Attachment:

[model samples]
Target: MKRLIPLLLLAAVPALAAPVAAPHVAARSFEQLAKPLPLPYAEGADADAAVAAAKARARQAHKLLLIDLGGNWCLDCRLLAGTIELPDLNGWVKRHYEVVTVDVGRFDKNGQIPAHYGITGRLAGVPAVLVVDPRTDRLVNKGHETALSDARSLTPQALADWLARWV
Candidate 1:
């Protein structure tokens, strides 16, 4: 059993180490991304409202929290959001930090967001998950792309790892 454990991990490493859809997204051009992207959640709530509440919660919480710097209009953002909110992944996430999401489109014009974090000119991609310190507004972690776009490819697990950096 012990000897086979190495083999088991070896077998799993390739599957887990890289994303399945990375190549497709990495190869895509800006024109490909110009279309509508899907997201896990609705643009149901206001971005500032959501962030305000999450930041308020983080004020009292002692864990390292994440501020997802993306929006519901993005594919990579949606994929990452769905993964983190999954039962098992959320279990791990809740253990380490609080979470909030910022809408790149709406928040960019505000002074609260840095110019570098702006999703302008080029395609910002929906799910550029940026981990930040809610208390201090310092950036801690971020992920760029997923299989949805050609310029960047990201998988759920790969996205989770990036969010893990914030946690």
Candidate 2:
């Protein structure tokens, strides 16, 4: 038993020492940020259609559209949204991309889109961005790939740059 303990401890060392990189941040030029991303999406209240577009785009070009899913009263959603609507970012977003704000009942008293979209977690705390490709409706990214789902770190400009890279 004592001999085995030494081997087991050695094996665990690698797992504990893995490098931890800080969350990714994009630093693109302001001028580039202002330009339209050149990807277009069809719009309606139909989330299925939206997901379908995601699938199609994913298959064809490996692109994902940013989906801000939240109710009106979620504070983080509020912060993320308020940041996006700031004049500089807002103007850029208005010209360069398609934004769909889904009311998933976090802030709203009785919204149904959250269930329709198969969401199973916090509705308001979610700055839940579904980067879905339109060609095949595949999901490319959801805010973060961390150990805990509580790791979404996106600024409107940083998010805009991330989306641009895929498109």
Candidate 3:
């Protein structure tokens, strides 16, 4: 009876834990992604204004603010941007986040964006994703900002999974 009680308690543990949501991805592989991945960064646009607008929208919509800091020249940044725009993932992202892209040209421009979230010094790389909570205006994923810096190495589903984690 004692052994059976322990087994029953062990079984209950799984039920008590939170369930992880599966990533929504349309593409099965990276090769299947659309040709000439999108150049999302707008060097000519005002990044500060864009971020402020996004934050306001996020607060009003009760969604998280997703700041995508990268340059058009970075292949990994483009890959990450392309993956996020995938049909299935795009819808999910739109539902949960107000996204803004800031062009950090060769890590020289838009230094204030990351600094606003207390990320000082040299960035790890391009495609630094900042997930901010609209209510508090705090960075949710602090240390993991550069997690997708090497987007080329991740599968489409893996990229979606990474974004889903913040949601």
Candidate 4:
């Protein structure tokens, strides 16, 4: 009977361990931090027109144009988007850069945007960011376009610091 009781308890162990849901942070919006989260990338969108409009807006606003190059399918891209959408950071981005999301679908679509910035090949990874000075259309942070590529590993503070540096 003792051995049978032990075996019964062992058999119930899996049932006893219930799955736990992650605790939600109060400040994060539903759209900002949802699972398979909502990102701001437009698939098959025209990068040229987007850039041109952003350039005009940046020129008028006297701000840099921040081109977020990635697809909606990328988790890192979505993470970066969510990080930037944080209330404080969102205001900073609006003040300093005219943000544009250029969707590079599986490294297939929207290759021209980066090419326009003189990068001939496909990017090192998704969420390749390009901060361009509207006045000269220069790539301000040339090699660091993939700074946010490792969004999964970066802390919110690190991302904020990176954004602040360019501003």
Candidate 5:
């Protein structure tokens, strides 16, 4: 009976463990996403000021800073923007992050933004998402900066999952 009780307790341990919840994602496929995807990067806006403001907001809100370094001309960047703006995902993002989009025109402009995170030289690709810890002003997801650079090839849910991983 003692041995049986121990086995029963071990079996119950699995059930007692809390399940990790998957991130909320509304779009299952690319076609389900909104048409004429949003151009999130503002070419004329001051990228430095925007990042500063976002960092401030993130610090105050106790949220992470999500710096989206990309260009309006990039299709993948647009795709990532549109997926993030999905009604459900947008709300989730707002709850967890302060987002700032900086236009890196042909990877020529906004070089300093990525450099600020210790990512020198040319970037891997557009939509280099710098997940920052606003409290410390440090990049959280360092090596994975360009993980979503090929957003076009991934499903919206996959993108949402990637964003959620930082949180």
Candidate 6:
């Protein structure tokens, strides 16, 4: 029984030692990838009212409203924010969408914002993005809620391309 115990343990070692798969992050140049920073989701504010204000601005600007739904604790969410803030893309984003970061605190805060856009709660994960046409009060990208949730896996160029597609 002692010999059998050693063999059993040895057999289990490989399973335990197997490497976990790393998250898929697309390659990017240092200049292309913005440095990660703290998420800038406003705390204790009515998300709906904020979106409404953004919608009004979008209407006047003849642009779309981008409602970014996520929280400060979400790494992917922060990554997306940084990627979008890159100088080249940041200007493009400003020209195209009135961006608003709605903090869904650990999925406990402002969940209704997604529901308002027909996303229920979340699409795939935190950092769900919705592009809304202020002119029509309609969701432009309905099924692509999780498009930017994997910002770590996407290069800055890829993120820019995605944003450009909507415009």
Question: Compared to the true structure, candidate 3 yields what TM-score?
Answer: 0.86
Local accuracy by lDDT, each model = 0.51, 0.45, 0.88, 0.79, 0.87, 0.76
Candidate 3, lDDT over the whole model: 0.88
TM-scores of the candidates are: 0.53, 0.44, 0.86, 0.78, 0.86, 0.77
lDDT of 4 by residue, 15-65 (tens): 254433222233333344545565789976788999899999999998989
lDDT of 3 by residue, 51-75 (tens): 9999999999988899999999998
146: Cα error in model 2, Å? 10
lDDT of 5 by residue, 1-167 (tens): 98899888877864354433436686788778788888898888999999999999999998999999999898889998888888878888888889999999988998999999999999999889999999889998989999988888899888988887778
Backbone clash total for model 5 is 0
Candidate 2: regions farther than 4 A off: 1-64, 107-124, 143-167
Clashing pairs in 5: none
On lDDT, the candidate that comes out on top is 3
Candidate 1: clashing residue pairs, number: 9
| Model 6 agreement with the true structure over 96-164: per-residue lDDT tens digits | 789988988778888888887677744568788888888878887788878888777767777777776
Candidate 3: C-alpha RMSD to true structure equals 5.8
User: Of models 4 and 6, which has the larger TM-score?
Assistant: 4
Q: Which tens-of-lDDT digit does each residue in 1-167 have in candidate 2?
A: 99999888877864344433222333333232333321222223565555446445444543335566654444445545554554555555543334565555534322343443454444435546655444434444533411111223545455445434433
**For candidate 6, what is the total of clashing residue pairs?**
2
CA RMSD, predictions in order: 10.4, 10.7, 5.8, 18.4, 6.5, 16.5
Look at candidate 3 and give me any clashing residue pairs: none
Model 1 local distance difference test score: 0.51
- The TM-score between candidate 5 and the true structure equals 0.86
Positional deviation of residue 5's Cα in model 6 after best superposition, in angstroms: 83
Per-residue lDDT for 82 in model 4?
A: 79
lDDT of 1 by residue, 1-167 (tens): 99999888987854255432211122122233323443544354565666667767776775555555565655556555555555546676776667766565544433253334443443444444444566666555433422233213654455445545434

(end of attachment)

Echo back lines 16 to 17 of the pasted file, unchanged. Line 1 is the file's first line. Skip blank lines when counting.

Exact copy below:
Answer: 0.86
Local accuracy by lDDT, each model = 0.51, 0.45, 0.88, 0.79, 0.87, 0.76